MOUNT VERNON -- For some couples, working together adds stress to their marriages.
Not so for Joe and Lisa Mazzari.
Joe is director of Knox Learning Center in Mount Vernon, which serves approximately 60 special-needs students from kindergarten through age 22. Many have behavioral issues, some are profoundly disabled.
Lisa is the center’s parent mentor, a role in which she works to assure that parents know their rights and the services available to their children.
“We do take our work home with us every night,” Lisa said. “That sounds negative, but it isn’t. We are a source of strength for each other.”
Knox Learning Center is located in Mount Vernon’s former West Elementary School. It is operated by the Knox Educational Service Center.
The Mazzaris have deep roots in community service. Joe, who is the mayor of Danville, had a long career in law enforcement and juvenile probation before taking a behavior modification role at Knox Learning Center in 2016. He became director this year.
Lisa is executive director of Knox County’s Food for the Hungry program.
“We have a great, dedicated professional staff of teachers and aides,” Joe said. “Many of our students’ behaviors are not appropriate for a traditional school environment. We have to connect with those kids and work with them to change their actions.”
Knox Learning Center draws students from all Knox County districts -- Centerburg, Danville, East Knox, Fredericktown and Mount Vernon -- plus Clear Fork Valley, Cardington- Lincoln, Highland, Mount Gilead and North Fork (Utica) ... The average length of a student’s enrollment at the center is 18 months.
“It’s a totally different one-to-one environment here,” Joe said. “The goal is to return students to their home districts whenever possible when issues have been resolved. We try to be involved with the student, parents and the home school when that decision is made.
“When we talk to our partner schools, we’re on the same team. We want what’s best for the child. We have a conversation, share information. It is important that everyone understands the level of trauma which caused the child’s behavior issues.”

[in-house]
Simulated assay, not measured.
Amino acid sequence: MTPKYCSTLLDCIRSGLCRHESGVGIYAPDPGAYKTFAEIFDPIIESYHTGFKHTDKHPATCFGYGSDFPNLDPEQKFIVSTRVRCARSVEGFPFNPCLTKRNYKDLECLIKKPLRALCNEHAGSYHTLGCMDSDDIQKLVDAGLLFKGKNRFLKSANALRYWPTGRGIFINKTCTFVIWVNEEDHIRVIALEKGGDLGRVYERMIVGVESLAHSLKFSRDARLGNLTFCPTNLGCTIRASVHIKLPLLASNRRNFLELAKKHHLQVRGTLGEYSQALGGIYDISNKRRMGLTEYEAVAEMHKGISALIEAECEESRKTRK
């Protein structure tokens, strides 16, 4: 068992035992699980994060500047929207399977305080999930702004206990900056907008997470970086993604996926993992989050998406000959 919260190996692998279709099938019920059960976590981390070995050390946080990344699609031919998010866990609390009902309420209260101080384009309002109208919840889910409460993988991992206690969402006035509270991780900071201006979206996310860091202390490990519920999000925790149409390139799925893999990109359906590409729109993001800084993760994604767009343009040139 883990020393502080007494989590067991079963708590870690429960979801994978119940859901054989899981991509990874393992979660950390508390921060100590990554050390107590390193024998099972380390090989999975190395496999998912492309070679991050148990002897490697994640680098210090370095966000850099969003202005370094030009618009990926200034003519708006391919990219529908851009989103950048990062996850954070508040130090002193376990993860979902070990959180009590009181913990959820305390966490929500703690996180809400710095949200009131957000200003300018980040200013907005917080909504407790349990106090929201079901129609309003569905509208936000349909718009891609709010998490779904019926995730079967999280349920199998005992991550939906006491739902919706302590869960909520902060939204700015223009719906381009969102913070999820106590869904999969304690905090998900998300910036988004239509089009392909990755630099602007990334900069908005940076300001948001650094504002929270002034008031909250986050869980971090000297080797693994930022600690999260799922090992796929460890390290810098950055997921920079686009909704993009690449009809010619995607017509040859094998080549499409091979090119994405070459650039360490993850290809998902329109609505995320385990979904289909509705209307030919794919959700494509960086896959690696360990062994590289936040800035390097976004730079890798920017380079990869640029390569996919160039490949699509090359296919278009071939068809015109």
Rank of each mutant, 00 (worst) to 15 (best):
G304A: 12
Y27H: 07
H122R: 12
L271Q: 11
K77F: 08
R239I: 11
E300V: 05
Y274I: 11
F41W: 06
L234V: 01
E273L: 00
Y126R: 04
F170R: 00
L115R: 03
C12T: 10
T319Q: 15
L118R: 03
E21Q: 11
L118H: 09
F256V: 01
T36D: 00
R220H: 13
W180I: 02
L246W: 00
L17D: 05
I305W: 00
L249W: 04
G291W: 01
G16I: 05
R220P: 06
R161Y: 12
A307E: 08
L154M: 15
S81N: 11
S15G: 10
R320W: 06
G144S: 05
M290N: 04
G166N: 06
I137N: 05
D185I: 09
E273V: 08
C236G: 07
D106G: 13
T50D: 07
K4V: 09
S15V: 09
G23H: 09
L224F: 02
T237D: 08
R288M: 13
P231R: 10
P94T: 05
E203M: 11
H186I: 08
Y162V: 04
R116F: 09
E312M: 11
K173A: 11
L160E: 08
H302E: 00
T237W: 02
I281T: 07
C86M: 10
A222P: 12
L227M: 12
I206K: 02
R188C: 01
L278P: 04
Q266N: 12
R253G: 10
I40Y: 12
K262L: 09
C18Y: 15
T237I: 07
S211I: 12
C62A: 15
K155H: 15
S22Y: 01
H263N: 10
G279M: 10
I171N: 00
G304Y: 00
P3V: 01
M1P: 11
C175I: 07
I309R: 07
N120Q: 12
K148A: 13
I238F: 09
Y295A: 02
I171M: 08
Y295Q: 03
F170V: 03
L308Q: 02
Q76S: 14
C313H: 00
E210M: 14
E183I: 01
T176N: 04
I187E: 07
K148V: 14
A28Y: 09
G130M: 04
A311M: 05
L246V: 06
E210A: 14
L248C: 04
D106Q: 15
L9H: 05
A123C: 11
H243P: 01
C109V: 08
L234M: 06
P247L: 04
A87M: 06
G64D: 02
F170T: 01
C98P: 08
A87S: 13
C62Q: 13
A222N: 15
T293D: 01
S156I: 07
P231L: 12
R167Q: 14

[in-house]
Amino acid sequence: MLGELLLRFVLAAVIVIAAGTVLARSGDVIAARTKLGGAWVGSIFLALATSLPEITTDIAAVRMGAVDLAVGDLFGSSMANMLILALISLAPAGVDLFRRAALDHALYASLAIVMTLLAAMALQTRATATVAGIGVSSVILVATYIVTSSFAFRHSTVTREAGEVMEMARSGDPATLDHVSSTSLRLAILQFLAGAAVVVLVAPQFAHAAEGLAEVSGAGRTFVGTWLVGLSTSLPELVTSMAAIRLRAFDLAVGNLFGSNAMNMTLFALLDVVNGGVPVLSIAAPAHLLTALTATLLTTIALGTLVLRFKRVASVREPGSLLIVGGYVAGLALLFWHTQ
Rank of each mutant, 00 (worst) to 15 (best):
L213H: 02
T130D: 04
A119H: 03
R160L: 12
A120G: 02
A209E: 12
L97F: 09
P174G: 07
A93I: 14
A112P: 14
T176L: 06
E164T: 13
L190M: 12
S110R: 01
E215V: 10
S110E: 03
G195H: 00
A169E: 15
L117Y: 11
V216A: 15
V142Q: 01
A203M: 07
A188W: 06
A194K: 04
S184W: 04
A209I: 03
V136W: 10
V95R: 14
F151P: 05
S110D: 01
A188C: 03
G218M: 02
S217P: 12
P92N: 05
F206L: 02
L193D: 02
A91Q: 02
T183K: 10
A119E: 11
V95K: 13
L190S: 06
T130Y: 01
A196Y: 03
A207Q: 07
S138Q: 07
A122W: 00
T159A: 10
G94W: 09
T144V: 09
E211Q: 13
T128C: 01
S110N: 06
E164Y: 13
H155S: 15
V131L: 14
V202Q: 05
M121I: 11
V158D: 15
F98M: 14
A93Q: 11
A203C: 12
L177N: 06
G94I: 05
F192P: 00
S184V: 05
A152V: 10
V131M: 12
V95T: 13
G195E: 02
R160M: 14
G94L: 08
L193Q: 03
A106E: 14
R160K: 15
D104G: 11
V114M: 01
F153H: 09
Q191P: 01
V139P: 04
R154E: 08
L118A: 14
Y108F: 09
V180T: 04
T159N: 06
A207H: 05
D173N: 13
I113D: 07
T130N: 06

For students with profound disabilities, classrooms are structured with teachers and one-to-one aides who provide specialized age-level learning instruction.
Lisa, who joined Knox Learning Center in 2019, sees her role as “an opportunity to build better, stronger families.”
“I don’t want any school district to see me as adversarial,” Lisa emphasized. “I just want a parent’s voice to be a strong one. I want all parents to understand the services available to their special-needs children. Joe and I want the same thing: To support kids and their families.”
Lisa’s passion for helping parents stems in large part from the experience she and Joe had when their son was in fourth grade. His teacher characterized him as “lazy,” when in fact he had a learning disability. At the time, they didn’t know he could be tested and given help, so they worked on their own to help him.
Their son, now 30, went on to graduate from Mount Vernon High School and the Knox County Career Center. He has a family and successful career..
As a law enforcement and juvenile probation officer, Joe interacted with schools, Children Services and the Knox County Board of Developmental Disabilities.
“Our family has paid a price for the passion we have for serving the community,” Joe said, recalling times that he was called away to deal with a juvenile probation issue.
“And he might come back with another child,” Lisa added, smiling.
Joe and Lisa believe their children forged strong character traits by what they witnessed as children.
“Our daughter and son are who they are today because of what they’ve seen us do,”Joe said. “Not the result of pain or guilt or pressure; they just knew we did what needed to be done.”
Lisa agreed, noting their strong family support system among in-laws and others.
“Our daughter,31, is an intervention specialist at Clear Fork Valley Local Schools and she’s working on her master’s degree,” Lisa said. “Her career is a direct result of her dad’s work and what she saw her brother go through.”
So while the new school year is already a month underway, Joe must also tend to his mayoral duties in Danville and Lisa leads the Food for the Hungry campaign.
“Free time? Good luck with that,” Lisa said, laughing. “We haven’t always been able to schedule a vacation or family events. But it has always been worth it.